TV column for Thursday, Dec. 15


TONIGHT'S MUST-SEE: “A Charlie Brown
Christmas,” 8 p.m. ABC.

One of TV's greatest moments sprang
from inattention. The cartoon was being being rushed on a tight
deadline, to be ready for Christmas of 1965; there was no time for
the network to nit-pick.

So producers broke all the rules: They
had primitive animation … and children doing the voices … and a
spare, jazzy score … and even some scripture. The result, funny and
moving and more, is a masterpiece. Wrapping up the hour is the
seven-minute “Prep & Landing: Operation Secret Santa.”

TONIGHT'S MUST-SEE II: “Community,”
8 p.m., NBC.

For the second straight week,
“Community” has a Christmas episode that's fresh, fun and
imaginative. Last week was the musical “Glee” take-off; tonight
is a rerun of last year's show.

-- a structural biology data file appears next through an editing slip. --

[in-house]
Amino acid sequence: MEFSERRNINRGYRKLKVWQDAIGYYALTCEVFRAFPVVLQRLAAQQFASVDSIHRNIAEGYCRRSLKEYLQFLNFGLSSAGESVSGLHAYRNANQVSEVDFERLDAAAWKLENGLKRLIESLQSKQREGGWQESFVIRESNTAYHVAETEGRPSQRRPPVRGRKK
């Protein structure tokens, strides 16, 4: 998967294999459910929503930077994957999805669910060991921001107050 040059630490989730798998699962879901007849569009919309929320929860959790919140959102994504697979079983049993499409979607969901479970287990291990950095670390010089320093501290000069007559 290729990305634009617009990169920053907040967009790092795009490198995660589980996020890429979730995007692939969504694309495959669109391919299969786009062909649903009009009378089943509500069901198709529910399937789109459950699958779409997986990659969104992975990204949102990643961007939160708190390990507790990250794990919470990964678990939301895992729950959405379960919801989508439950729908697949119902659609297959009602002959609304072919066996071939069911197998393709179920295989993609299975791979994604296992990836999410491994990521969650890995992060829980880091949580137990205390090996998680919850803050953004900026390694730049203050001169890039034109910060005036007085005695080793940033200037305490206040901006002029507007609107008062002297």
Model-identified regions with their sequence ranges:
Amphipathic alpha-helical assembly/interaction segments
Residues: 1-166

Abed (Danny Pudi) is a fan of Christmas
and its TV specials. Now he finds himself in a stop-motion animated
special. Back in the real world, his friends fret about his mental
state. It's another clever episode, proof that “Community” –
not on next-month's mid-season schedule – deserves to survive.

TONIGHT'S ALTERNATIVE: “Burn Notice”
season finale, 10 p.m., USA.

After years of being “burned” and
ignored by the CIA, Michael is finally trusted by the agency. He's
running a task force, with key people (Dean Cain, Kristanna Loken)
working for him.

The timing, however, is tricky: This is
when he should be helping Fiona escape Anson's blackmail grip. The
episode bring nobility and big explosions. It has an action-movie
feel, which makes sense: It was directed by Renny Harlin, who was big